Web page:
I also spent some time working for the DSL this week. This included investigating an issue with one of the DSL’s website that I’m not involved with (https://www.macwordle.co.uk/) which was no longer generating any Google Analytics stats. It turned out that the site had been updated recently and the GA code had not been carried over. I also fixed another couple of occurrences of the ‘Forbidden’ error that had cropped up due to a change in the way Apache handles space characters.
The rest of my time was spent on the new Solr instance that we’d set up for the project last week. The DSL team had been testing out the new instance, which I had connected to our test version of the DSL site, and had spotted some inconsistencies. With the new Solr instance, when a search is limited to a particular source dictionary it fails to return any snippets (the sections of the search results with the term highlighted) while removing the ‘source’ part of the query works fine. I was unable to find anything online about why this is happening, but by moving the ‘source’ part from the ‘q’ variable to ‘fq’ the highlighting and snippets are returned successfully.
There was also an issue with the length of the snippets being returned, and some snippets being amalgamated and featuring multiple terms rather than being treated separately. It would appear that the new version of Solr uses a new highlighting method called ‘unified’ and this does not seem to be paying attention to the ‘fragsize’ variable that should set the desired size of the snippet. I’d set this to 100 but some of the returned snippets were thousands of characters long. In addition, it amalgamates snippets when the highlighted term is found multiple times in close proximity. I have now figured out how to revert to the ‘original’ highlighting method and this seems to have got things working in the same way as the old Solr instance (and also addressed the ‘source’ issue mentioned above). With this identified and fixed the results for the new Solr instance displayed identically to the old Solr instance and on Friday I made the switch to make the live DSL site use the new Solr instance.
Also this week I made some further updates to the STAR website, fixing a number of typos and changing the wording of a few sections. I also added in a ‘spoiler’ effect to the phonetic transcriptions as found here: https://www.seeingspeech.ac.uk/speechstar/child-speech-error-database/ which blanks out the transcriptions until pressed on. This is to facilitate teaching, enabling students to write their own transcriptions and then check theirs against the definitive version. I also finally added citation information for all videos on the live STAR site now. Video popups should all now contain citation information and links to the videos. You can also now share URLs to specific videos, for example https://seeingspeech.ac.uk/speechstar/disordered-child-speech-sentences-database/#location=1 and this also works for multiple videos where this option is given, for example https://seeingspeech.ac.uk/speechstar/speech-database/#location=617|549.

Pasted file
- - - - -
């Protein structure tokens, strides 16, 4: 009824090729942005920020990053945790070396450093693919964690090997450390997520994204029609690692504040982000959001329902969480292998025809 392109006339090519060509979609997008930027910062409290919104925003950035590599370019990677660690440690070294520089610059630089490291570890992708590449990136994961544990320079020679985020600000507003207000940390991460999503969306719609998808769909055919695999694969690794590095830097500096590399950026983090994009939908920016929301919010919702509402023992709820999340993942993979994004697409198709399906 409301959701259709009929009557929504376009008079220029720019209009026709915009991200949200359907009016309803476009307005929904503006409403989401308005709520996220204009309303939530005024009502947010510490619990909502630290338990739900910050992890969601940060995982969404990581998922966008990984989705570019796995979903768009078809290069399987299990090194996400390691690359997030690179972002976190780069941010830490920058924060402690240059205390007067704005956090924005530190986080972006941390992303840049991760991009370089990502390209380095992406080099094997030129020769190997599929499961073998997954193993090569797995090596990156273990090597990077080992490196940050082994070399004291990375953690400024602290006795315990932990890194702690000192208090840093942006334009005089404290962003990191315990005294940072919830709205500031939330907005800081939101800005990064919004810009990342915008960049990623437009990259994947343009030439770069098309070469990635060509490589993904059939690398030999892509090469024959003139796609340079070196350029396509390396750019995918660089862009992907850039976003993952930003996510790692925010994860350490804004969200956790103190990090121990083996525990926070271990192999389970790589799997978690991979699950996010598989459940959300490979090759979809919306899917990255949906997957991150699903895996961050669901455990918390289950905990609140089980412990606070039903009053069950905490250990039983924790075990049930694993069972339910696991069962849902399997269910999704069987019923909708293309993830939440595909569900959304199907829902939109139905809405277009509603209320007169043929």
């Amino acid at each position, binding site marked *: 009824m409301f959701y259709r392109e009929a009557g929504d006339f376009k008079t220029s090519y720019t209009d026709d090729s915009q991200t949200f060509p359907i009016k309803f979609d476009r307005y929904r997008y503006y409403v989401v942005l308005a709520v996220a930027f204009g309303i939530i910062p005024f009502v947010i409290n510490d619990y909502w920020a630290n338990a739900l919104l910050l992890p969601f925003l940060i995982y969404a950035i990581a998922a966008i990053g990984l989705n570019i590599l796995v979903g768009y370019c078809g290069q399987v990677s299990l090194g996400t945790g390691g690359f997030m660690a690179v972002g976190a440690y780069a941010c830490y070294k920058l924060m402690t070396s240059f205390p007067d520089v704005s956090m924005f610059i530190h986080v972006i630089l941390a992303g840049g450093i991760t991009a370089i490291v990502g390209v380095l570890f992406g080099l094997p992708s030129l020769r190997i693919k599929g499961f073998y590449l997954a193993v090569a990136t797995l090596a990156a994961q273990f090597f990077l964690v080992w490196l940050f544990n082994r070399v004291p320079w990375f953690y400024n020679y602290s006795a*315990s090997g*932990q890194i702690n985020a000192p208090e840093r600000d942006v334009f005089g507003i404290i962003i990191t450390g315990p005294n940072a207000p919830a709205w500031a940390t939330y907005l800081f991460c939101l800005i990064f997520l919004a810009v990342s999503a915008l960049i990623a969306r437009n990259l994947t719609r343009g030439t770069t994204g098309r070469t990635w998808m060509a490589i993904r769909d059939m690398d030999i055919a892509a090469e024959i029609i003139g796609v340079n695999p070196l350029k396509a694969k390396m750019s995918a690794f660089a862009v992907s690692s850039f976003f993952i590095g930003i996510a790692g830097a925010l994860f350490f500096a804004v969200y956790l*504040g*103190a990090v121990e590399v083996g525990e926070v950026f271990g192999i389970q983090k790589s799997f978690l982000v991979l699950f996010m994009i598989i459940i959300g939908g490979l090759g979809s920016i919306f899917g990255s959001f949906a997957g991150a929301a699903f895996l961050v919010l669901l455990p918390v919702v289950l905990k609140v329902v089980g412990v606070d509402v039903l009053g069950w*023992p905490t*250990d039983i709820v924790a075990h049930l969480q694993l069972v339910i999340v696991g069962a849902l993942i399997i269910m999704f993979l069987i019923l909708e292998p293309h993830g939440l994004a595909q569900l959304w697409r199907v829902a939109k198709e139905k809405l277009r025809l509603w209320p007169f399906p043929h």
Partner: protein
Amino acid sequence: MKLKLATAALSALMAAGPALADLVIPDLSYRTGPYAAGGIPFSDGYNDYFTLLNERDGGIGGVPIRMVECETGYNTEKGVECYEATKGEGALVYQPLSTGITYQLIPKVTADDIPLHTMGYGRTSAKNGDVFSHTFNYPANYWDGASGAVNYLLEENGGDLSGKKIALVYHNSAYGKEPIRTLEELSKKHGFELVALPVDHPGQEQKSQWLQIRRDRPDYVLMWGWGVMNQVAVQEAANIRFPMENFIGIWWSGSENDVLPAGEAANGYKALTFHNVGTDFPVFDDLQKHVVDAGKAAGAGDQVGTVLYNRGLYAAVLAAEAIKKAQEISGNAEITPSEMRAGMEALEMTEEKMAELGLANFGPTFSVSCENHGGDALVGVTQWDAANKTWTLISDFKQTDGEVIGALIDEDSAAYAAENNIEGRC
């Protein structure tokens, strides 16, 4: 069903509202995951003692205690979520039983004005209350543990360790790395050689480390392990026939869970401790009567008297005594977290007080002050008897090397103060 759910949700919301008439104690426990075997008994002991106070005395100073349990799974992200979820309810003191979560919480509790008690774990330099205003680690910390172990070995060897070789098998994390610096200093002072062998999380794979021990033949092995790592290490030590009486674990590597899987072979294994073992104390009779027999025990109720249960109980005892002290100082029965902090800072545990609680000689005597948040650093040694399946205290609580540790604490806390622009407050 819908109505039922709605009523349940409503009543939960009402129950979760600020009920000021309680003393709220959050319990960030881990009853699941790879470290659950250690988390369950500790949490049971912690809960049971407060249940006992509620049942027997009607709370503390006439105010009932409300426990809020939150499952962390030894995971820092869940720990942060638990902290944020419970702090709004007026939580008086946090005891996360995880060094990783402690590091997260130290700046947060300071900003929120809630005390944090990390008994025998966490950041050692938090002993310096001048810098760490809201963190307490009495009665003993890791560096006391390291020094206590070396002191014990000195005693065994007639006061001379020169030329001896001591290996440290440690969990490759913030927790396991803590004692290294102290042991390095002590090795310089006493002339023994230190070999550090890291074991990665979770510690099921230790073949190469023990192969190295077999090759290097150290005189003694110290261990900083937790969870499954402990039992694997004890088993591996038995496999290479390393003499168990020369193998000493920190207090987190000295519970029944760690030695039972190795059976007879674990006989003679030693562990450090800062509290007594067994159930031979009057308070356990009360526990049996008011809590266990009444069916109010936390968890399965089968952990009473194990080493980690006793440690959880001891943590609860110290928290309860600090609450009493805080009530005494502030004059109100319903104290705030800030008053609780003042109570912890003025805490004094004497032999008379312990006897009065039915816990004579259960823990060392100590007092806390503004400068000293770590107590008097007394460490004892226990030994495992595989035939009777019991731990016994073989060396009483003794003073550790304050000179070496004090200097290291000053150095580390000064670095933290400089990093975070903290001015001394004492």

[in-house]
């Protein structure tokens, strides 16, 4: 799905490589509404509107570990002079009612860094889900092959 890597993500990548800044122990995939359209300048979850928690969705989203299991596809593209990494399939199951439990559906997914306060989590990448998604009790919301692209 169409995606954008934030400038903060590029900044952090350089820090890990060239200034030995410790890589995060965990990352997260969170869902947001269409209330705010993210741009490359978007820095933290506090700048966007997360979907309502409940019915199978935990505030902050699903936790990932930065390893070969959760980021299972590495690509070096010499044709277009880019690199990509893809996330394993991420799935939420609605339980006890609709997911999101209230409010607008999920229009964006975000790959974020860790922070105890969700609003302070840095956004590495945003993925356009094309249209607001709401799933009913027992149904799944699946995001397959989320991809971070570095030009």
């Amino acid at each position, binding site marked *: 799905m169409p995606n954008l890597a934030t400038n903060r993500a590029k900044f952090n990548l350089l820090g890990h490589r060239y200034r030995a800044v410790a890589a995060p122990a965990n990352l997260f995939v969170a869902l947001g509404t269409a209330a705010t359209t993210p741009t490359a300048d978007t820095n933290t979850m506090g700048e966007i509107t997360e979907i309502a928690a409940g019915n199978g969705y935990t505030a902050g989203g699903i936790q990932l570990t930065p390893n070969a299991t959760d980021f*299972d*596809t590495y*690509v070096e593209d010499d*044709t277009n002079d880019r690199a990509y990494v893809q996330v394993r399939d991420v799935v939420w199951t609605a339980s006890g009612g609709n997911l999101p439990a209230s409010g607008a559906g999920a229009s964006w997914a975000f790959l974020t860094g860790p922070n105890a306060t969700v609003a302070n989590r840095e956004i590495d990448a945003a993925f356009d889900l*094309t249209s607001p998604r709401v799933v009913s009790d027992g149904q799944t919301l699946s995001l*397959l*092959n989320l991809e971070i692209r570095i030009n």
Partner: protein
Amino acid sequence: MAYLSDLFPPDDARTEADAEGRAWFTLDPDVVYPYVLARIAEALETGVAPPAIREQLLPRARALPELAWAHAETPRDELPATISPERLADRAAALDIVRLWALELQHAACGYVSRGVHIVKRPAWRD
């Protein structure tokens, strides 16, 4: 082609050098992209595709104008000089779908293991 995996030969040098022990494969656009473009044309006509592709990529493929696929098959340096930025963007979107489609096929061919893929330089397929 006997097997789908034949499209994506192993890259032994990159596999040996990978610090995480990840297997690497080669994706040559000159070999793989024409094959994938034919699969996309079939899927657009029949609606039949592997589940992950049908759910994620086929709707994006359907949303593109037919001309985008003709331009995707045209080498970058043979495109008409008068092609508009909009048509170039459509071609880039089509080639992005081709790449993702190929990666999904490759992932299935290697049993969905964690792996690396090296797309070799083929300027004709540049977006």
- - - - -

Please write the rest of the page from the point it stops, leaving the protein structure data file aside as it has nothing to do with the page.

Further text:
Finally this week I made a number of changes to Ophira Gamliel’s new project website, which is now ready to launch.
I spent the majority of this week continuing to work for the Books and Borrowing project. I added in images of both the Hunterian and Inverness Kirk Sessions library register pages, as these had not yet been integrated. I then began working on the library ‘Facts and Figures’ page and added in the API endpoints and processing of library statistics, which now appear in a ‘summary’ section at the top of the page, as you can see for the Chambers library in the following screenshot:
We may need to include some further explanation of the above. The number of borrowing records does not match the numbers split by gender, which may be caused by some borrowing records not having an associated borrower or others having more than one associated borrower. Also as you can see a borrowing record in this library has an erroneous year, making it look like the borrowing records stretch into the distant future of 18292.
Beneath the summary are a series of ‘top ten’ lists, featuring the top ten borrowed books, authors and most prolific borrowers, both overall and further broken down by borrower gender, as you can see below:
These all link through to search results for the item in question. Note that we once again face the issue of numbers here reflecting volumes borrowed while the search results count borrowing records, which can include any number of volumes. I’m going to have a serious think about what we can do about this discrepancy as it is bound to cause a lot of confusion. There is also something very wrong with the author figures that I need to investigate. I think the issue is authors can be associated with any level of book record and I suspect authors in this list are getting counted multiple times.